Presentation on theme: "Nursing Knowledge Practice, Practice and Philosophy Mark Risjord Ch. 17 Kristina Nappi, MSN, ARNP."— Presentation transcript:
Nursing Knowledge Practice, Practice and Philosophy Mark Risjord Ch. 17 Kristina Nappi, MSN, ARNP
Qualitative vs Quantitative Many of the earliest writers argued for the joint use of qualitative and quantitative methods which became known as the triangulation. Thomas Kuhn’s concept of the paradigm is tightly bound to the theories they test and they were deeply integrated within a paradigm. He stated that different methods could not support the same theory. According to Kuhn, a paradigm has the following elements: a theory or group of closely related theories, commitment about what object exists, set of methods/techniques, number of standard problems to which the theory is applied, and a value orientation including an evaluation of the kinds of problems that are significant for acceptable solutions.
Components of a Paradigm Thomas Kuhn believed that a paradigm is the entire set of beliefs, values, techniques that are shared by a group of scientists engaged in common research. Kuhn was a logical positivist who thought specific theories had clear logical relationships to each other. The idea that paradigms are a central part of science and that theory, method, ontology and value were integrated within the paradigm was the idea of Kuhn He also felt the theory was closely connected to the method used to collect the data. The method supports the theory by confirming or disconfirming the theory as well as helping to establishing the method is reliable. He felt the researchers needed to be properly trained on the use on the method to collect the data Kuhn also talked about values and that scientists will take some problems as important as value orientation which involves the standards by which good science is judged.
Incommensurability This is the fundamental gap between paradigms, there is no common standard for judging that one paradigm is scientifically better than another. He felt new theories could not be justified on the laws of an old theory as the legitimacy of the old theory was in question. The old theory had to be completely abolished and replaced. He did not belief in building on previously known theories. Kuhn believed the paradigm tightly integrated theory, ontology, method and value and each served to support each other. As each paradigm arose it would have its own theory, ontology, method and value orientation making paradigms incompatible and incomparable. According to Kuhn, change in a previous theory could not be justified by the laws of the old system, but rather the legitimacy of the old laws were in question
Pulling Paradigms apart Dissatisfaction with Kuhn’s concept came because his concept was too rigid and static. He overemphasized the role of theory in determining method, ontology and value. Scientific research became marked by a variety of divergent interpretations, models and theories which were much more dynamic than Kuhn once thought. Scientists will adjust their theories based on new evidence with these changes occurring as a matter of course, not a major revolution as Kuhn liked to believe. Another disagreement between what Kuhn believed is that scientists may investigate a theory with a single set of methods and techniques while multiple theories are being debated instead of one like Kuhn believed.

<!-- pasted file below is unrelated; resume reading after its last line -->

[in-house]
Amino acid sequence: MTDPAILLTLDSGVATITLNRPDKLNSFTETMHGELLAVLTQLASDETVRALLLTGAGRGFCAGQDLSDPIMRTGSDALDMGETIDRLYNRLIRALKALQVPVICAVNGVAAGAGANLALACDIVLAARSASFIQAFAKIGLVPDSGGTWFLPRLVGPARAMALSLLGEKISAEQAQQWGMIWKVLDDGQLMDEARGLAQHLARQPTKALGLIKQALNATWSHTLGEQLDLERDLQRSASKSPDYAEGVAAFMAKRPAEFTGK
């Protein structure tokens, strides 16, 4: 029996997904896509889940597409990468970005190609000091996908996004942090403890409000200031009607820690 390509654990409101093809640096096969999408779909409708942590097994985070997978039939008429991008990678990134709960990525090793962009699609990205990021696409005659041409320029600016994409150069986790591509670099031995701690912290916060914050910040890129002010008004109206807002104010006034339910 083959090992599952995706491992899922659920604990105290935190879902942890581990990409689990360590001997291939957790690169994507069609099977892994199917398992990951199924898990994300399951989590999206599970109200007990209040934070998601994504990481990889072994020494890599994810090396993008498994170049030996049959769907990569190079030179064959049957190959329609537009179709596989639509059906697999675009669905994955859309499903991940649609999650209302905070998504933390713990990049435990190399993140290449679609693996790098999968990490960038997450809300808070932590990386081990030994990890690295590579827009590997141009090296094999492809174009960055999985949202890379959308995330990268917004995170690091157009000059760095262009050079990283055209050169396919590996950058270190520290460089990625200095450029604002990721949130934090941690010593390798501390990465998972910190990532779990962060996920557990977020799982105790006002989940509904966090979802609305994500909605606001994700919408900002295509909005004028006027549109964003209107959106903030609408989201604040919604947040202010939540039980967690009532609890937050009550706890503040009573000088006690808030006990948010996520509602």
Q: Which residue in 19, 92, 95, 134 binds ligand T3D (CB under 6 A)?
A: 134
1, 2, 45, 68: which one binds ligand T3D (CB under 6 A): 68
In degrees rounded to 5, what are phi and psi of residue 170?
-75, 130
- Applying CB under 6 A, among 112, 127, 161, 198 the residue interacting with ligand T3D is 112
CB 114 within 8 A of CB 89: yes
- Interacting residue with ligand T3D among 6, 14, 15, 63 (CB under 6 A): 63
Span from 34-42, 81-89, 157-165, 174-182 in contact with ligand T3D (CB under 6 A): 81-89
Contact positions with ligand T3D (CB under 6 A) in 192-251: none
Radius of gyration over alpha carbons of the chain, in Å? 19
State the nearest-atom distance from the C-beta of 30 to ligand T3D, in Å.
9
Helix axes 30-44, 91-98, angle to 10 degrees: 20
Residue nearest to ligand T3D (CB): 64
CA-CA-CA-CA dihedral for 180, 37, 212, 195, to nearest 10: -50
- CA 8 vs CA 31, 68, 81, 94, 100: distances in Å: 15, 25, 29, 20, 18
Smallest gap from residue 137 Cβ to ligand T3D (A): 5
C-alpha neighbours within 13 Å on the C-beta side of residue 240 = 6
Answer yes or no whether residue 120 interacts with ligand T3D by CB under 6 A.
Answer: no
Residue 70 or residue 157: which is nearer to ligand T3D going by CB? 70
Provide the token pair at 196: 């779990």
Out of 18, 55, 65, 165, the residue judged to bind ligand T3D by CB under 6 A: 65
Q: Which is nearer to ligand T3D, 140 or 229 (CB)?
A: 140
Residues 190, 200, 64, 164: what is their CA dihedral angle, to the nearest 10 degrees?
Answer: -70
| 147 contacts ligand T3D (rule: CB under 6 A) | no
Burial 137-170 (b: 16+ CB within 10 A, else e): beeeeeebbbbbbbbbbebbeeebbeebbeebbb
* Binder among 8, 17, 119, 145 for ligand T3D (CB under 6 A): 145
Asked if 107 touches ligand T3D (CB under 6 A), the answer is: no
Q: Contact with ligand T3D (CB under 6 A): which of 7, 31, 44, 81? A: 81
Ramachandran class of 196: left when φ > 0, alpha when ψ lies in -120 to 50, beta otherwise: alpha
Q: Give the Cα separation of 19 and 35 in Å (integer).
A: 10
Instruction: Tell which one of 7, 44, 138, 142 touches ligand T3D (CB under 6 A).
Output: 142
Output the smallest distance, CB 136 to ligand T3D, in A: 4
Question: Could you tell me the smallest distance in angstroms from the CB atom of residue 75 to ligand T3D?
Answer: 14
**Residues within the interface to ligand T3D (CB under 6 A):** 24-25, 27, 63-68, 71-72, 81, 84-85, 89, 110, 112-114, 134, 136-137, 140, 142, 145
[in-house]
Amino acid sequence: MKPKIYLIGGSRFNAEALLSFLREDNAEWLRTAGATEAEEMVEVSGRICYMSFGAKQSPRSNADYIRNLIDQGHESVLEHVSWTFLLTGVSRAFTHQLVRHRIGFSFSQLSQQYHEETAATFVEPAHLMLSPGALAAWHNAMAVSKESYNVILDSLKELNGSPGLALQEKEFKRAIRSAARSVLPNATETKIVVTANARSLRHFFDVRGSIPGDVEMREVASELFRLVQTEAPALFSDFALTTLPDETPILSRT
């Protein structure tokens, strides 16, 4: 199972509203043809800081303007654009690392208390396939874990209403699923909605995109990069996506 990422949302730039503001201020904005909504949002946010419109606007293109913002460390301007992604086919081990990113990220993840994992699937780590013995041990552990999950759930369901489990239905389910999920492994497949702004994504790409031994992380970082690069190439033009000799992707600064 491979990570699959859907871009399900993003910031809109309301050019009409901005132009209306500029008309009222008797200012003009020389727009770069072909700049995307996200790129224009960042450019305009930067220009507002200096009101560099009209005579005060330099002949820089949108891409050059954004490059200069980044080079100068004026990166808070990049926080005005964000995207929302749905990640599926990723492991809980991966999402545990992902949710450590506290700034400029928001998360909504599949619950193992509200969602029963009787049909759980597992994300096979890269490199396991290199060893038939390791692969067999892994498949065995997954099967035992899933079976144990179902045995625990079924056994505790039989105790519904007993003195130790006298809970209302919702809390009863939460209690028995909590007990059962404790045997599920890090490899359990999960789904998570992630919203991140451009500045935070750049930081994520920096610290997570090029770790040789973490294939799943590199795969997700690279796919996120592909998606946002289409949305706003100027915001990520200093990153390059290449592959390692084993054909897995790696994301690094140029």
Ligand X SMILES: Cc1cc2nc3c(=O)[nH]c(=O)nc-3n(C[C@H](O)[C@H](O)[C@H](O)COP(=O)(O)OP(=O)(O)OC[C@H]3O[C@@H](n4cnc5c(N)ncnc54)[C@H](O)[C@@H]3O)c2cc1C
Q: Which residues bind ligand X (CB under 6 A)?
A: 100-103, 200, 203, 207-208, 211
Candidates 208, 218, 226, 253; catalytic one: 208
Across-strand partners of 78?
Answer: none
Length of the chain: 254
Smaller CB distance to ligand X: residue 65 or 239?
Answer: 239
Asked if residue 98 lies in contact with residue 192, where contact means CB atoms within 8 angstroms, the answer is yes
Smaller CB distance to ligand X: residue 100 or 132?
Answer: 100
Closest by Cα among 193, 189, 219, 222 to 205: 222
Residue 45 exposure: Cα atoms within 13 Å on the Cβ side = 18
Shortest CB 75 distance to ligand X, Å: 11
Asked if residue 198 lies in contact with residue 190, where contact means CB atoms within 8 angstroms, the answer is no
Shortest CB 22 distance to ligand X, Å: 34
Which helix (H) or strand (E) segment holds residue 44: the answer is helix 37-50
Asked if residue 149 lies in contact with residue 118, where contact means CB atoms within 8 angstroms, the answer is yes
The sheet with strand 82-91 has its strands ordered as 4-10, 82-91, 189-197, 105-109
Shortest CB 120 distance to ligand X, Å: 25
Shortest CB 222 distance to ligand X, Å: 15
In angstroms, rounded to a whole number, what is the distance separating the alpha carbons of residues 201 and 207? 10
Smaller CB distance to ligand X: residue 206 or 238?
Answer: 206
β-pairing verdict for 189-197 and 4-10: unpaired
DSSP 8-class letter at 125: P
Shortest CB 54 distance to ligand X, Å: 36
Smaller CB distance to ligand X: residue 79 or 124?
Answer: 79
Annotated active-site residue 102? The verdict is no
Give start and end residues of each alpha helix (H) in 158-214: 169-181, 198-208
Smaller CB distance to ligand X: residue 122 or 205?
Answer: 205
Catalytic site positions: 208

Conclusion Kuhn felt there was no adding on to a previous theory or elaborating on previous knowledge, rather he felt the scientists needed to start over utilizing a different paradigm. This idea meant researchers could not tweak a theory, as the research they gathered lead them to develop different hypothesizes. Instead Kuhn believed they needed to start over from scratch Once we determined that theories, ontology, and methods are in constant flux there is no longer a reason to think that theories, ontology, methods and values must change all at once. Overall, Kuhn pointed out how theory, ontology, method and values are related, but philosophers have come to the consensus that Kuhn linked them too tightly Kuhn’s idea that new theories occur as part of a major revolution was also not accepted as soon scientists believed that they should adjust their theories based on new evidence that is acquired and these changes should occur as a matter of course not based on a major revolution.
Conclusion The arguments against Kuhn’s concept of a paradigm shows that this is not a good fit for nursing due to the complexity and multidimensionality of the studies. When nurses choose a method they should not be committed to a particular theory, ontology, methodology or value. When nurses align themselves with a particular paradigm it create divisions among nurse researchers. Nurse researchers should be open to the integration of multiple approaches to effectively advance the nursing practice through research.
References Risjord, M. (2010). What is a paradigm. In Nursing knowledge science, practice and philosophy (pp. 195-201). Chichester: Blackwell Publishing
Relevance to nursing Dividing nursing research into paradigms is a bad idea because the thinking that nursing research has both qualitative and quantitative paradigms is that neither form of research is associated with a specific theory. The arguments against Kuhn’s concept of a paradigm shows that it is not a good fit for nursing research. When nurse researchers choose a method they are not committed to a particular theory, ontology, methodology or value orientation. Nursing research investigates phenomena that are complex therefore it would be a mistake to insist that nurse scholars narrow their view to one theory. The insistence that nursing be aligned with one paradigm has created aritifical divisions among nurse educators. Effective nursing practice can be promoted once nursing becomes open to utilizing multiple approaches in research.